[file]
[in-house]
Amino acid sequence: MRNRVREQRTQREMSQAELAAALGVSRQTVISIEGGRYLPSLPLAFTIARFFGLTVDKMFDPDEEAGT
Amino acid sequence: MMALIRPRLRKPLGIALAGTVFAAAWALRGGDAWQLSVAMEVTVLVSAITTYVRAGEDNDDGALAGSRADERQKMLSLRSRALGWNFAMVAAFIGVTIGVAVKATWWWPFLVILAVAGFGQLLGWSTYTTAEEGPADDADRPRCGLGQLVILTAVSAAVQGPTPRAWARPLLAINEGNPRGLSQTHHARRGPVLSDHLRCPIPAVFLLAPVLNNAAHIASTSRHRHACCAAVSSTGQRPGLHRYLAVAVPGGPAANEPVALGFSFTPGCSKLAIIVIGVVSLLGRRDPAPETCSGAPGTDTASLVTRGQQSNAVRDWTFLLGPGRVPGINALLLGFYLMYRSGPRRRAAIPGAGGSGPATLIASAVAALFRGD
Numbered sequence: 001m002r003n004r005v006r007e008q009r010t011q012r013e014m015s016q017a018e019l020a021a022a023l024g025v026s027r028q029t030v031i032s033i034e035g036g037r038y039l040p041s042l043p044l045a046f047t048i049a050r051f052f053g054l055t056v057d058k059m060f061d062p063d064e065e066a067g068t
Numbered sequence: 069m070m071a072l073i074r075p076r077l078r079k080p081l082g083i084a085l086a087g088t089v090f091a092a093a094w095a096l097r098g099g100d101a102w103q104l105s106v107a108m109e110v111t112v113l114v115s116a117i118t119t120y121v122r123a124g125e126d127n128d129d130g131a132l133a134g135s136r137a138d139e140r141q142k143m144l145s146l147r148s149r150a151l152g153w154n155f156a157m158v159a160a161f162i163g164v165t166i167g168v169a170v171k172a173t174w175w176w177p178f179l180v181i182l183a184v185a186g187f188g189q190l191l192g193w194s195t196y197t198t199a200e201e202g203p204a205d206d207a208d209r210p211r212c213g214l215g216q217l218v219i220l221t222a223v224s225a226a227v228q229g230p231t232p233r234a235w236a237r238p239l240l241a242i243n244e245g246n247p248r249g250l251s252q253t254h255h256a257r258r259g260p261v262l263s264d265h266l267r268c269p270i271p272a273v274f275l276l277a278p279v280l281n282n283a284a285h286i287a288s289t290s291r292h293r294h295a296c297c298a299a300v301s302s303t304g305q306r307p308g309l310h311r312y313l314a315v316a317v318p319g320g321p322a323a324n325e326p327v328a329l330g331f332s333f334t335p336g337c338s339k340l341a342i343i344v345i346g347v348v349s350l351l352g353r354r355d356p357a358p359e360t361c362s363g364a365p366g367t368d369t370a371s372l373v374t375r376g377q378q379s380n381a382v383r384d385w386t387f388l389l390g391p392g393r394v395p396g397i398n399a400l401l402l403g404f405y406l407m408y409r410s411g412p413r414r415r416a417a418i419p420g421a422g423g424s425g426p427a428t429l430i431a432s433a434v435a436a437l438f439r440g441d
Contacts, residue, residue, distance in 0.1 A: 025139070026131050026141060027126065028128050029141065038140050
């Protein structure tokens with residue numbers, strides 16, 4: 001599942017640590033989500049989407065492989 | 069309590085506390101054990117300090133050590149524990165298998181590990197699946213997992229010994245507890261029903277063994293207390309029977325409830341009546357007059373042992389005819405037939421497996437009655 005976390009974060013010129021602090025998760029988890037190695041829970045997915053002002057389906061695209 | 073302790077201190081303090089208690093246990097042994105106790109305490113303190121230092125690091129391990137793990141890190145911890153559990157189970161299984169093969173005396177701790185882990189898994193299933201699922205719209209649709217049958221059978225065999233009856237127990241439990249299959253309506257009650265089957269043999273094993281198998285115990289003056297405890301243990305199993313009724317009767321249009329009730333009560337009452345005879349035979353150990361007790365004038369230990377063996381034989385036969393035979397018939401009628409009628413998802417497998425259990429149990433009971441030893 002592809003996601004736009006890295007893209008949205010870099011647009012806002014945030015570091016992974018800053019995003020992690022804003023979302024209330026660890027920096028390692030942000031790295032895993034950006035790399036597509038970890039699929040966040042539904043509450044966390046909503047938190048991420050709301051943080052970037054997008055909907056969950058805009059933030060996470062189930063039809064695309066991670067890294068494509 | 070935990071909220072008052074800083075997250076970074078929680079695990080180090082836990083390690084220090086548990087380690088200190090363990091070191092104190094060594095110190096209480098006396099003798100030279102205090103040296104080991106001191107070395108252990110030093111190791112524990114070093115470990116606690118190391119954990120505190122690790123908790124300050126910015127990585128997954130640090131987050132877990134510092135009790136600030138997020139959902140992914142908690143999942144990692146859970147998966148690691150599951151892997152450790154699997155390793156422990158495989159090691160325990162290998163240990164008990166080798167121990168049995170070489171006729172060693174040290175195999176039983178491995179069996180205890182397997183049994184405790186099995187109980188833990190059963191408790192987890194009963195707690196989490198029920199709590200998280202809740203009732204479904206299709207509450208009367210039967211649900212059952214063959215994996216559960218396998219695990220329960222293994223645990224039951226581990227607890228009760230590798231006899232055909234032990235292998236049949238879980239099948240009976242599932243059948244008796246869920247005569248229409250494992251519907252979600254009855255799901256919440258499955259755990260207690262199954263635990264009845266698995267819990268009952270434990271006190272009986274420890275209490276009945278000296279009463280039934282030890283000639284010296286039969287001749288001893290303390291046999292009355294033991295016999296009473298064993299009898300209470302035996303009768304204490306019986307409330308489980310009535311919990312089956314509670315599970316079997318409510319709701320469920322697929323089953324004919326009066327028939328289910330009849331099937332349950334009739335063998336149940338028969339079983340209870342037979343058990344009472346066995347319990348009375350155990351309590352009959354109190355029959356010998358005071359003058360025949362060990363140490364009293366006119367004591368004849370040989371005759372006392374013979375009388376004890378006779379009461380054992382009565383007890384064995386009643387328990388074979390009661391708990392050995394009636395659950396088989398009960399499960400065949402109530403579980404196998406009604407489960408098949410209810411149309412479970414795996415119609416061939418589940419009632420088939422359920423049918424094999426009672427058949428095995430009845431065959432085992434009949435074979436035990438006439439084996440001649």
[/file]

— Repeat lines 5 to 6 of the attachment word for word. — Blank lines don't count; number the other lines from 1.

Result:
Numbered sequence: 069m070m071a072l073i074r075p076r077l078r079k080p081l082g083i084a085l086a087g088t089v090f091a092a093a094w095a096l097r098g099g100d101a102w103q104l105s106v107a108m109e110v111t112v113l114v115s116a117i118t119t120y121v122r123a124g125e126d127n128d129d130g131a132l133a134g135s136r137a138d139e140r141q142k143m144l145s146l147r148s149r150a151l152g153w154n155f156a157m158v159a160a161f162i163g164v165t166i167g168v169a170v171k172a173t174w175w176w177p178f179l180v181i182l183a184v185a186g187f188g189q190l191l192g193w194s195t196y197t198t199a200e201e202g203p204a205d206d207a208d209r210p211r212c213g214l215g216q217l218v219i220l221t222a223v224s225a226a227v228q229g230p231t232p233r234a235w236a237r238p239l240l241a242i243n244e245g246n247p248r249g250l251s252q253t254h255h256a257r258r259g260p261v262l263s264d265h266l267r268c269p270i271p272a273v274f275l276l277a278p279v280l281n282n283a284a285h286i287a288s289t290s291r292h293r294h295a296c297c298a299a300v301s302s303t304g305q306r307p308g309l310h311r312y313l314a315v316a317v318p319g320g321p322a323a324n325e326p327v328a329l330g331f332s333f334t335p336g337c338s339k340l341a342i343i344v345i346g347v348v349s350l351l352g353r354r355d356p357a358p359e360t361c362s363g364a365p366g367t368d369t370a371s372l373v374t375r376g377q378q379s380n381a382v383r384d385w386t387f388l389l390g391p392g393r394v395p396g397i398n399a400l401l402l403g404f405y406l407m408y409r410s411g412p413r414r415r416a417a418i419p420g421a422g423g424s425g426p427a428t429l430i431a432s433a434v435a436a437l438f439r440g441d
Contacts, residue, residue, distance in 0.1 A: 025139070026131050026141060027126065028128050029141065038140050